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Georgia Aquarium Blog

Georgia Aquarium provides an entertaining, engaging and educational experience inspiring stewardship in conservation, research and the appreciation for the animal world. Visit us at

Georgia Aquarium
Atlanta, GA

Marineland Dolphin Adventure
St. Augustine, FL

Conservation Field Station
St. Augustine, FL

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Maris Pregnancy Update April 2015

April 24, 2015

Beluga Pregnancy Update:

Fans, we are happy to update you on resident beluga whale Maris' pregnancy! Hear from our Director of Zoological Operations, Mammals and Birds, Eric Gaglione, on this exciting time:

Maris is now full term. Our team is anxiously waiting for her to go into labor, which could happen at any time. She continues to be healthy, bright, alert and responsive, and she has gained several hundred pounds over the course of her pregnancy. The calf is expected to weigh approximately 120-150 pounds! While the entire Georgia Aquarium team is excited and can't wait for the day Maris gives birth, we remain cautiously optimistic given that this is just her second pregnancy. The odds for survival increase with each of the mother’s consecutive pregnancies.

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Volunteer Appreciation Week at Georgia Aquarium

April 13, 2015

Volunteer Appreciation Week at Georgia Aquarium

Written by: Jahmar Hannans, Director of Interpretive Programs

Superhero: an individual possessing extraordinary talents, selfless determination, and dedication for helping others; by this definition Georgia Aquarium has many superheroes, we call them Volunteers! Our Volunteer Team fills a myriad of roles at Georgia Aquarium – from greeter, hospitality host and tour guide to diver, commissary specialist, or lab technician, our Volunteers do it all. They choose to share their time, passion and talents with us, and without them, our organization would not be able to offer a world class experience. 

This coming week signifies National Volunteer Appreciation week and is Georgia Aquarium’s 9th opportunity to recognize our superheroes and show how much we really appreciate them. Ralph Waldo Emerson said, “The purpose of life is not to be happy. It is to be useful, to be honorable, to be compassionate, and to have it make some difference that you have lived and lived well.” Our Volunteers give their own free will seeking no reward or compensation; the kind of deed we all admire! By sharing their talents at the Aquarium they make a difference every day in the lives of our animals and the experiences of our guests. If you have ever visited Georgia Aquarium, you saw the work of this dedicated force of Superheroes!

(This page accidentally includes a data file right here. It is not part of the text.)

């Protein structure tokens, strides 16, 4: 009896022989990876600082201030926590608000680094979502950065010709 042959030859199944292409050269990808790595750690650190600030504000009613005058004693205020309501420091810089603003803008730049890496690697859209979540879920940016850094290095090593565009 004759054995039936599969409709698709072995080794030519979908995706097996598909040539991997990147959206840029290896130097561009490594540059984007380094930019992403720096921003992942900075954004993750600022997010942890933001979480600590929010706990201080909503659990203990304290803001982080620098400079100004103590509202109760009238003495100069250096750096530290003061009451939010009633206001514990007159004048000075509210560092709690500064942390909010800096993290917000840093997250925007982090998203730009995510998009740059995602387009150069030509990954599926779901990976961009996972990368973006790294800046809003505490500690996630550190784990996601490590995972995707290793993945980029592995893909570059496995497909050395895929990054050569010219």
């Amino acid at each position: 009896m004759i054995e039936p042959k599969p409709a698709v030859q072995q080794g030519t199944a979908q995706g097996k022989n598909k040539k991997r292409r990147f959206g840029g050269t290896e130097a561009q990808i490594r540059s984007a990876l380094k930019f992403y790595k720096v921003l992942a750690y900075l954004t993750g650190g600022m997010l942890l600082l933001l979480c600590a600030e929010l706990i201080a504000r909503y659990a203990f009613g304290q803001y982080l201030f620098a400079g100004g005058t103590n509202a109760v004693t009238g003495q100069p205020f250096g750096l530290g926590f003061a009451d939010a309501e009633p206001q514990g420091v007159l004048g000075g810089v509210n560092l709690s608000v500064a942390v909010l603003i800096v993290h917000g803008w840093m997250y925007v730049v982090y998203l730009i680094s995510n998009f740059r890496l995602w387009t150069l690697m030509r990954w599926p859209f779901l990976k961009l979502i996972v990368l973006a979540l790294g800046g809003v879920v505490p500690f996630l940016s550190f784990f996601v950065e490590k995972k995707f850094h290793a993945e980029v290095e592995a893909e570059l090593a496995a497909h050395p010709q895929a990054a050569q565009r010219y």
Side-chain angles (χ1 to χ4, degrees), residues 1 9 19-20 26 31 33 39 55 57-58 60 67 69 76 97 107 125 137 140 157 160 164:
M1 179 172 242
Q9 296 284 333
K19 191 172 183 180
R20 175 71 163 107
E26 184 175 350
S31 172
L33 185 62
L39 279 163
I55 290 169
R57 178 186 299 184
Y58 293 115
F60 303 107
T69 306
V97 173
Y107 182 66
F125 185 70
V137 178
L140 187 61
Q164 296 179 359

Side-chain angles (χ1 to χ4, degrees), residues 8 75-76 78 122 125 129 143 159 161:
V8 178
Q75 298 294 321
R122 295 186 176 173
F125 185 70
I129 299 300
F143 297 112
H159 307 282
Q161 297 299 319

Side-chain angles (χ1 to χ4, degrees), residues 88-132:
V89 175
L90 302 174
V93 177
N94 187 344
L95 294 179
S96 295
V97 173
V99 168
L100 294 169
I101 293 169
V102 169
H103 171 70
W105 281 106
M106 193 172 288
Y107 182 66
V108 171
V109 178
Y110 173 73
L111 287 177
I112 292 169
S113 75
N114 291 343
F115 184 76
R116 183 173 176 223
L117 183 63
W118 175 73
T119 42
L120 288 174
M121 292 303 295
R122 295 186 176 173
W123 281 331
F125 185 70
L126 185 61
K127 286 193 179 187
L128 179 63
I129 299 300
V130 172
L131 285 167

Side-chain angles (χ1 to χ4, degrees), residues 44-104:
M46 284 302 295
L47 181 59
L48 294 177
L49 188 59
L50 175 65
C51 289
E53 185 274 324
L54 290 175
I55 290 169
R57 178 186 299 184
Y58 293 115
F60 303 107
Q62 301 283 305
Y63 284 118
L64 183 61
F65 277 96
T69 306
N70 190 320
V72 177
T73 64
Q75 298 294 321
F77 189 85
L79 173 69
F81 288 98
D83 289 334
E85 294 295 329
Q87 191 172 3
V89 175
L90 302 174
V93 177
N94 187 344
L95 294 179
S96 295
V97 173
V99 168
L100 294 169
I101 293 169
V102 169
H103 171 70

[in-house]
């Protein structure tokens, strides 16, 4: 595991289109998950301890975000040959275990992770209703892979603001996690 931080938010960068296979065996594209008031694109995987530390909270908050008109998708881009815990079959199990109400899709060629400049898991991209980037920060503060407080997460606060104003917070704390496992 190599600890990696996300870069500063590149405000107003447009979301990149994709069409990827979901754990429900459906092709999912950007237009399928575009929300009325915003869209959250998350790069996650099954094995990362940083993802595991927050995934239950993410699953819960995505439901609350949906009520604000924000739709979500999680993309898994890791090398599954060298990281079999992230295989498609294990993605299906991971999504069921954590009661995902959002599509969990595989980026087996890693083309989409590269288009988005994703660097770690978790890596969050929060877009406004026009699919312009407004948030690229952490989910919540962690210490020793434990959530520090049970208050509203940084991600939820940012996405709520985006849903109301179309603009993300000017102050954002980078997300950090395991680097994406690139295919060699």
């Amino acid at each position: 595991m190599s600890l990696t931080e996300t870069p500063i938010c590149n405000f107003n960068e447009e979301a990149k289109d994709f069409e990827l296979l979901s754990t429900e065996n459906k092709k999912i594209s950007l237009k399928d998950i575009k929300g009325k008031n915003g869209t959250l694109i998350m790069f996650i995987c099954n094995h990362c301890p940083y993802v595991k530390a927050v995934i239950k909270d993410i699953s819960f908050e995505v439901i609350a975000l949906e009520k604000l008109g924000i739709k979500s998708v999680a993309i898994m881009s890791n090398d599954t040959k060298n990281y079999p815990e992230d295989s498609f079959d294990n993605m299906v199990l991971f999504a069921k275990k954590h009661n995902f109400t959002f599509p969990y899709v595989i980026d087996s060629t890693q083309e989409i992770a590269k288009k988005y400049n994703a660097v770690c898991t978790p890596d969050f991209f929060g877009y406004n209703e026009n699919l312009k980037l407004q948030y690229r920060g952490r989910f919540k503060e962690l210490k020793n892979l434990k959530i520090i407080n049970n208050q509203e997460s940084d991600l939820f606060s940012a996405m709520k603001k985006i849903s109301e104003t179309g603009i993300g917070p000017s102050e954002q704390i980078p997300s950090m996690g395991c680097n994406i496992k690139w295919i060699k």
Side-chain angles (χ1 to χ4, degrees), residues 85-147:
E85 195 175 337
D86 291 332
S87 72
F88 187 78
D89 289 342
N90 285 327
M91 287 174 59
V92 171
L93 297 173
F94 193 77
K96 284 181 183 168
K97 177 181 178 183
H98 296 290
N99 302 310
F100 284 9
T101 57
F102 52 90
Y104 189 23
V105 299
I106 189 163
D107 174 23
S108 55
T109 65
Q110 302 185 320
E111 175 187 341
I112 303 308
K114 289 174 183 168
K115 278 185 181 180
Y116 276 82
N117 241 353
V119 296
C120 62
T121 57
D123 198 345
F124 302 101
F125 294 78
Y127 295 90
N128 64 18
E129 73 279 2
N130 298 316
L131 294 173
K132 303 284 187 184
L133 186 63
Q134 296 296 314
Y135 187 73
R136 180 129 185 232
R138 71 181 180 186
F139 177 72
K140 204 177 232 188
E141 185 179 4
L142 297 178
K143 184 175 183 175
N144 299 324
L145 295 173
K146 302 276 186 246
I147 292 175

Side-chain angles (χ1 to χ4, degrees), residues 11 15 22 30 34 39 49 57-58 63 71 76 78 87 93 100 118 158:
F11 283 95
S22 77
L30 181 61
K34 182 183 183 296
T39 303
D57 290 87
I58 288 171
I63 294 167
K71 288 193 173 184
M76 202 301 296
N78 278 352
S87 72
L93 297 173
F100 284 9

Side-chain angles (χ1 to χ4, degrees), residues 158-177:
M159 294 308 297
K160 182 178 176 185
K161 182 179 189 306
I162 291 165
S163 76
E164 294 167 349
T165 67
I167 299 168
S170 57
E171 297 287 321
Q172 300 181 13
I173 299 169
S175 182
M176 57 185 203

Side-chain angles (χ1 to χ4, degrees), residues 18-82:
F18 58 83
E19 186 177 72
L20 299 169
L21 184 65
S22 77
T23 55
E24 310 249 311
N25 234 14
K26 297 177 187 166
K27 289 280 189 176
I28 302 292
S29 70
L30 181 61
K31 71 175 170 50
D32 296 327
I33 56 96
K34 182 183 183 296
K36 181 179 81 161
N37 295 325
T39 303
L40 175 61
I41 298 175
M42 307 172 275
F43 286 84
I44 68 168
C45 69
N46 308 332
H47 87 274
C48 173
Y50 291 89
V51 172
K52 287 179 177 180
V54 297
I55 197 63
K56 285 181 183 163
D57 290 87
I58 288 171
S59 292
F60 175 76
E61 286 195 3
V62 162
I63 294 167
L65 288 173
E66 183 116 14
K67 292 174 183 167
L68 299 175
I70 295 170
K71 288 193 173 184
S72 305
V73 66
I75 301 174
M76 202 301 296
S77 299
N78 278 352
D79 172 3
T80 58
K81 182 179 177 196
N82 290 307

If you are interested in joining our team of superheroes, please find information about our Volunteer Program here!

Be sure to follow us on Facebook, Twitter and Instagram with hashtag #NVW15 to see all the amazing works of our volunteers and interns!


Georgia Aquarium and Emory University Team Up on Landmark Genome Project!

April 7, 2015

Georgia Aquarium and Emory University Team Up on Landmark Genome Project!

Written by: Kerry Gladish, Research Administration Assistant and Alistair Dove, Director of Research and Conservation

Researchers from Georgia Aquarium and Emory University recently released the first fully-sequenced shark genome, which was based entirely on material from whale sharks in the collection at Georgia Aquarium. This landmark study will provide an amazing reference library for studies as broad as conservation, biochemistry and even human immunology, and we’re fairly sure it’s the first time an aquarium has been part of a whole genome project. Now THAT is pretty cool!

What is genome sequencing anyway? Let’s start with a little genetics refresher, shall we? Every cell inside an organism’s body contains all the information needed to build another of the same organism. The information is encoded in DNA, the famous helical ladder-shaped molecule, where each of the rungs is one of only four types: A, C, T or G. These letter sequences make up genes (the recipes for proteins) and these are further organized into chromosomes. All the chromosomes together make up the genome. To sequence a genome, then, you cut up the DNA into manageable bits and feed the bits into a sequencing machine, and then you ask a supercomputer to put all the bits back together for you. There’s a bit of Hogwarts-style wizardy in there that we are glossing over, but that’s the gist of it.

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